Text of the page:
By the early 2000s, the importation of foreign-made textbooks was far too big for the publishers’ liking. But their hands appeared to be tied by the first-sale doctrine, which had already been tested and affirmed in the 1998 Supreme Court case Quality King v. L’Anza, which involved the importation of hair products with copyrighted labels. In that case, the Court ruled unanimously that the first-sale doctrine protected the re-importation of copyrighted goods produced in the U.S. and then exported. [6]

Importantly, however, Quality King left open the question of whether such protections applied to foreign-made products that were imported to the U.S. At issue is whether such products are covered by the copyright laws of the U.S. or those of the country in which they are created.

This question received a Supreme Court preview in the 2010 case of Omega v. Costco. U.S. retailer Costco was importing Omega’s Seamaster wristwatches and undercutting Omega’s suggested retail price by several hundred dollars. [7]

In order to obtain a copyright on the watches, Omega began imprinting a tiny stylized globe logo on the back of the watches.

Justice Elena Kagan, having previously argued the case on behalf of Omega as Solicitor General, took no part in the proceedings. The remaining justices split 4-4, and no opinion was published. [8]

The Supreme Court’s 4-4 split left intact the Ninth Circuit’s decision against Costco, but upon remanding, the court granted summary judgment to Costco, saying that Omega’s practice constituted copyright misuse. [9]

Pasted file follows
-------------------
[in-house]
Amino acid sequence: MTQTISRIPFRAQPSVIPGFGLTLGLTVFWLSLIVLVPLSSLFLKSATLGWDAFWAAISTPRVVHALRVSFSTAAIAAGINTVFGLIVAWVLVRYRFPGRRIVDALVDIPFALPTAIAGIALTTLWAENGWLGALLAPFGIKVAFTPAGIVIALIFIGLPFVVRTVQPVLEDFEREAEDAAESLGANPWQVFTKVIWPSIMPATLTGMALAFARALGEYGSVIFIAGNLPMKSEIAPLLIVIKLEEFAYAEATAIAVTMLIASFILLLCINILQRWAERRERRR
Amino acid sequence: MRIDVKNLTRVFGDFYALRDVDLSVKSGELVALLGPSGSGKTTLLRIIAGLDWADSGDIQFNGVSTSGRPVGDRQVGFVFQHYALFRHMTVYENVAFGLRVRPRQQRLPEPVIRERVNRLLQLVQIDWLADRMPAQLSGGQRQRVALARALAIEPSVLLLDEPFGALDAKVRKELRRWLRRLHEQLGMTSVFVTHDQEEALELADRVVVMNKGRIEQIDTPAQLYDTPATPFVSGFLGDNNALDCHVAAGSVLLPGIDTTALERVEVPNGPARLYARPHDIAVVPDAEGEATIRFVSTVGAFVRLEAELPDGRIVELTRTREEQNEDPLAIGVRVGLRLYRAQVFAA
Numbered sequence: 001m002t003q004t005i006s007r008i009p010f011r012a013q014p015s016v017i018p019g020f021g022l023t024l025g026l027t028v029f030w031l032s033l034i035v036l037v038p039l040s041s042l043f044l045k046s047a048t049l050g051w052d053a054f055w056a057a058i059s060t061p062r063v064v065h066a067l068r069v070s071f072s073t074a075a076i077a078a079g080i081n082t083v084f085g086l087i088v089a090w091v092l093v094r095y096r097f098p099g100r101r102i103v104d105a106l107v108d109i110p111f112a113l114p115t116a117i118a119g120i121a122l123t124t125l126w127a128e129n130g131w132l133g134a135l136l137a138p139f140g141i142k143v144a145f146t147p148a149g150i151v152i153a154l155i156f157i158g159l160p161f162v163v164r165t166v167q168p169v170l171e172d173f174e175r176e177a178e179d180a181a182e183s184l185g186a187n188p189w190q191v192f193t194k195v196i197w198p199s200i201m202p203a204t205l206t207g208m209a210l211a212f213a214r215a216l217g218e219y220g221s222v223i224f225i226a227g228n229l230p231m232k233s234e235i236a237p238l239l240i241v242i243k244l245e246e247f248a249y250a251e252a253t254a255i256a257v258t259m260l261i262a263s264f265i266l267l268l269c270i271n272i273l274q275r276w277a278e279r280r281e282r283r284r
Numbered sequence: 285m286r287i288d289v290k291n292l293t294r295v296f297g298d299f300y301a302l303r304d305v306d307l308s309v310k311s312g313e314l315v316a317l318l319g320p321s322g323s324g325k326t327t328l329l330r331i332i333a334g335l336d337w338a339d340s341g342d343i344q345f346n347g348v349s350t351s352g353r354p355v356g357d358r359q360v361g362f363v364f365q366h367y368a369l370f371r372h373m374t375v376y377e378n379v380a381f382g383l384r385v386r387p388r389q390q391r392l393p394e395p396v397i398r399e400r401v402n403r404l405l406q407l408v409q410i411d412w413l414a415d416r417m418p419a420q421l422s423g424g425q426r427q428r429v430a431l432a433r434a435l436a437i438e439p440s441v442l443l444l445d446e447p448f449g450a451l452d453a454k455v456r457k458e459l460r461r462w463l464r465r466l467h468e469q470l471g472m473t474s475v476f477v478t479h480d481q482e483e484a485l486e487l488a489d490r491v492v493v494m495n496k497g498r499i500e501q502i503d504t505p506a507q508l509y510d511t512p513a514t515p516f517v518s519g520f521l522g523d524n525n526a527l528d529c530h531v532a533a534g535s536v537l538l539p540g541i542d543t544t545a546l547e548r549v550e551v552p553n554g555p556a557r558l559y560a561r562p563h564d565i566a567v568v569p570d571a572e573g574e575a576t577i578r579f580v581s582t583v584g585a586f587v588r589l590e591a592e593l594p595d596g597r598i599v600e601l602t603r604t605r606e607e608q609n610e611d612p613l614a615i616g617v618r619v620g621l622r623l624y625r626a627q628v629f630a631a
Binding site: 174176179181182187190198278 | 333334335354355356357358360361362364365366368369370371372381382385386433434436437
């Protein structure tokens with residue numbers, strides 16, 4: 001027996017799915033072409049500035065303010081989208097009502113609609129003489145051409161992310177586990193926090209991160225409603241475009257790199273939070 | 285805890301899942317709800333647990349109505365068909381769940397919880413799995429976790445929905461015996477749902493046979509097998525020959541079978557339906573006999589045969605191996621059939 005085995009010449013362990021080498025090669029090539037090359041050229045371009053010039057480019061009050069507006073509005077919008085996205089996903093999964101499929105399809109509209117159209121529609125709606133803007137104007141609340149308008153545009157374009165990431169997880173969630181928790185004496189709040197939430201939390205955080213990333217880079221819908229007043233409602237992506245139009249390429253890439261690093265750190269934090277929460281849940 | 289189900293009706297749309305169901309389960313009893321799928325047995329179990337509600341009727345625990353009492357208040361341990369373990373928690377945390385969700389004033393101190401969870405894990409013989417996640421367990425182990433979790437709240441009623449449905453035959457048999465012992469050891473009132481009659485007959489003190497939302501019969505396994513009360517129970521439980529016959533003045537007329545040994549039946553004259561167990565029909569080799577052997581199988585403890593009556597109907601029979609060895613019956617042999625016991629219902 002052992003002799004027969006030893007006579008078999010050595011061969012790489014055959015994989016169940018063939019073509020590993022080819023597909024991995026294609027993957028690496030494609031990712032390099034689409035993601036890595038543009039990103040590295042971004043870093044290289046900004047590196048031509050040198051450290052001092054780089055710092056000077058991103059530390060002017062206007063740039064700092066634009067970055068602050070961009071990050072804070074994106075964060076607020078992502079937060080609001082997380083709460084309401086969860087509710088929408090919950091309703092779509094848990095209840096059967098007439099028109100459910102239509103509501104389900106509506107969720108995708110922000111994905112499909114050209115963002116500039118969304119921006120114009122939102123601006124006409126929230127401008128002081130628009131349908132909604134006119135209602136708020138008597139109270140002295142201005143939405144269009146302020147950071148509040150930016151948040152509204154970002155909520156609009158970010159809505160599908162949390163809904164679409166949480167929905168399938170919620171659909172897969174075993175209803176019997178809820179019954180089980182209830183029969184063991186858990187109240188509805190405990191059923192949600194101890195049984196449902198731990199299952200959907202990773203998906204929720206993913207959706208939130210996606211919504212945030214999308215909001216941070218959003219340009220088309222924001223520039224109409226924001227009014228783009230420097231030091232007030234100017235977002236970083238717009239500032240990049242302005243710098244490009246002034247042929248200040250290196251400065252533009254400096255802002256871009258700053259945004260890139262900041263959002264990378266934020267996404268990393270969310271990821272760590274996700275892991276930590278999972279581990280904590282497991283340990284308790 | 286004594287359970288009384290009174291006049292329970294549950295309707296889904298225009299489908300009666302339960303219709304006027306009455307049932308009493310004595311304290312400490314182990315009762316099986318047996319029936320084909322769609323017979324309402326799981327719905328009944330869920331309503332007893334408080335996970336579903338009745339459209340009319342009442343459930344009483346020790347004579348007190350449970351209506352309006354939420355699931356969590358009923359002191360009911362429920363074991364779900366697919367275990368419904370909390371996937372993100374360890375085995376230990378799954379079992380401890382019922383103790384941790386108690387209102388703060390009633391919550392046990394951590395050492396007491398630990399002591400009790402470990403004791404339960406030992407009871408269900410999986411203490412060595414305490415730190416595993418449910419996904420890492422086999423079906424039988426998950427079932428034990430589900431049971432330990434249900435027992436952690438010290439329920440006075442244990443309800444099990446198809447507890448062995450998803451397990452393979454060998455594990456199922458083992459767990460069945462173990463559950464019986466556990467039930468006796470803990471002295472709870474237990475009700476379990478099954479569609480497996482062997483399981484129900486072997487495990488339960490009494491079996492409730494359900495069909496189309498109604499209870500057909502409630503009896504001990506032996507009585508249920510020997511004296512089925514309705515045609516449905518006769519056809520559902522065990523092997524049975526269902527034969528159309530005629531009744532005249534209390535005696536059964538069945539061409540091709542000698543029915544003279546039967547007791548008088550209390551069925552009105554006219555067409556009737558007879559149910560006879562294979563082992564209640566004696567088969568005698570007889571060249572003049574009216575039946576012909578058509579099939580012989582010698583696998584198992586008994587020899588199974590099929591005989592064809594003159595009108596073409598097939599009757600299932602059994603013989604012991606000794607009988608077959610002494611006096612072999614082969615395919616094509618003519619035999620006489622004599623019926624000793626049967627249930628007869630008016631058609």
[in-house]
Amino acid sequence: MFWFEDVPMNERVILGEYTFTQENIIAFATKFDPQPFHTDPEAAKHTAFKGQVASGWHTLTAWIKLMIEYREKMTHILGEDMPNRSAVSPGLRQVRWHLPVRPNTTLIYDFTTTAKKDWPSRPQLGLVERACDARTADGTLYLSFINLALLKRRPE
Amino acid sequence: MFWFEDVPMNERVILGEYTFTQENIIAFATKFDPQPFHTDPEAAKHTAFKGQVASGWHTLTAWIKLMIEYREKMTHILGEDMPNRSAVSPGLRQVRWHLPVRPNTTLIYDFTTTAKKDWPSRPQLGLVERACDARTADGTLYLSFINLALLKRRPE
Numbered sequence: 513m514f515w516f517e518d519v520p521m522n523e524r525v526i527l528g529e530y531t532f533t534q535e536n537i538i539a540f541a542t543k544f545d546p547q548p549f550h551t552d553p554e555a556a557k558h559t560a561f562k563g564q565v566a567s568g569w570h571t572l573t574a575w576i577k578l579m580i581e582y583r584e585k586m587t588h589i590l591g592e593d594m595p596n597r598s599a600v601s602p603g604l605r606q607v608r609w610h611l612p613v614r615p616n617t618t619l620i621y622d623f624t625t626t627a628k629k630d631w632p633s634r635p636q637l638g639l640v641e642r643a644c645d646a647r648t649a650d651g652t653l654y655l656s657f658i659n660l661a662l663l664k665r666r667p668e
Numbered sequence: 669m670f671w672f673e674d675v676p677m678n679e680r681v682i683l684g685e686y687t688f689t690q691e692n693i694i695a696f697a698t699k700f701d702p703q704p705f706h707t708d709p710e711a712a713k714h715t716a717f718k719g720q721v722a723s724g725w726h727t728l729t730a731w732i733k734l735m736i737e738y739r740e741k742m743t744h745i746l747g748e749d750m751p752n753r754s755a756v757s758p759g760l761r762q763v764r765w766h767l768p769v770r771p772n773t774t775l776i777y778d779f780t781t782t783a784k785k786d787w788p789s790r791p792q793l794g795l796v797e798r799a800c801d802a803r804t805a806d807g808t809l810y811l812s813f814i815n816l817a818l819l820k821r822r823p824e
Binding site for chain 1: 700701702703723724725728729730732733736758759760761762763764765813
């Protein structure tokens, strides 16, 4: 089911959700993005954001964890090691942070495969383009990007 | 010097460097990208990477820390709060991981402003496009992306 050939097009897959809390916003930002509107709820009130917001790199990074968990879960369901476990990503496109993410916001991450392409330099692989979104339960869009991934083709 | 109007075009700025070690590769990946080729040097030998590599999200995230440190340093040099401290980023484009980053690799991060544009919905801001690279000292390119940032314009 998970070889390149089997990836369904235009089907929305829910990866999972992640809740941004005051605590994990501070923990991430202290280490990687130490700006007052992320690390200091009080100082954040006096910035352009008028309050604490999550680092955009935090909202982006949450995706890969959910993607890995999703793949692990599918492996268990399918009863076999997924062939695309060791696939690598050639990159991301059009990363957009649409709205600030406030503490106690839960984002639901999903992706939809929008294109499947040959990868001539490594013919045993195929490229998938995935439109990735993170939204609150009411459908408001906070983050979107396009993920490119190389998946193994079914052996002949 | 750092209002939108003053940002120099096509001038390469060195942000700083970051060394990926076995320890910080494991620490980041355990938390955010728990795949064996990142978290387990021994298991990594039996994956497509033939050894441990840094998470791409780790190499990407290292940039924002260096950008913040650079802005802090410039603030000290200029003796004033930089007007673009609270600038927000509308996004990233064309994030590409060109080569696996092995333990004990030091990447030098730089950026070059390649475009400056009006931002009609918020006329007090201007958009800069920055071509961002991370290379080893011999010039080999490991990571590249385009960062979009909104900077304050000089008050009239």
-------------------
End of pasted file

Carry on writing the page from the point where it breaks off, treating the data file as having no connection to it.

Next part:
Despite Costco’s eventual victory, Kirtsaeng’s supporters cannot be encouraged by Omega. Four justices in the case sided with the copyright holder even though the copyright itself barely held water; the ‘swing vote’ is Justice Kagan, who supported Omega as Solicitor General.

Lower court rulings so far in related cases likewise lend little hope to a Kirtsaeng victory. In addition to Kirtsaeng’s earlier losses, in which he was found guilty of copyright infringement and liable for $600,000 in damages, a ruling upheld 2-1 in appeals court, at least three other student-resellers have already lost to publishers in New York federal courts. [10]

The Kirtsaeng case threatens to upend the world of intellectual property, global price differentials, and online marketplaces. But no matter which way the Supreme Court ruling goes, the fight may ultimately end up in the halls of Congress.

“I think the likelihood of a crystal clear decision by the court is not high, and we want to be prepared for that,” Overstock.com’s Mark Griffin. “And if they decide for Kirtsaeng, I wouldn’t expect [the other side] to sit back and do nothing.” [11]


1. http://arstechnica.com/tech-policy/2012/10/a-supreme-court-clash-could-change-what-ownership-means/
2. http://www.ft.com/cms/s/0/9e2421a6-211b-11e2-babb-00144feabdc0.html#axzz2EFTLEFZ9
3. http://www.law.com/corporatecounsel/PubArticleCC.jsp?id=1202577265944&Supreme_Court_Copyright_Case_Could_Change_Nature_of_Ownership
4. http://en.wikipedia.org/wiki/First-sale_doctrine
5. http://arstechnica.com/tech-policy/2012/10/a-supreme-court-clash-could-change-what-ownership-means/
6. http://en.wikipedia.org/wiki/First-sale_doctrine
7. http://arstechnica.com/tech-policy/2012/10/a-supreme-court-clash-could-change-what-ownership-means/
8. http://arstechnica.com/tech-policy/2012/10/a-supreme-court-clash-could-change-what-ownership-means/
9. http://en.wikipedia.org/wiki/Omega_S.A._v._Costco_Wholesale_Corp.
10. http://arstechnica.com/tech-policy/2012/10/a-supreme-court-clash-could-change-what-ownership-means/
11. http://arstechnica.com/tech-policy/2012/10/a-supreme-court-clash-could-change-what-ownership-means/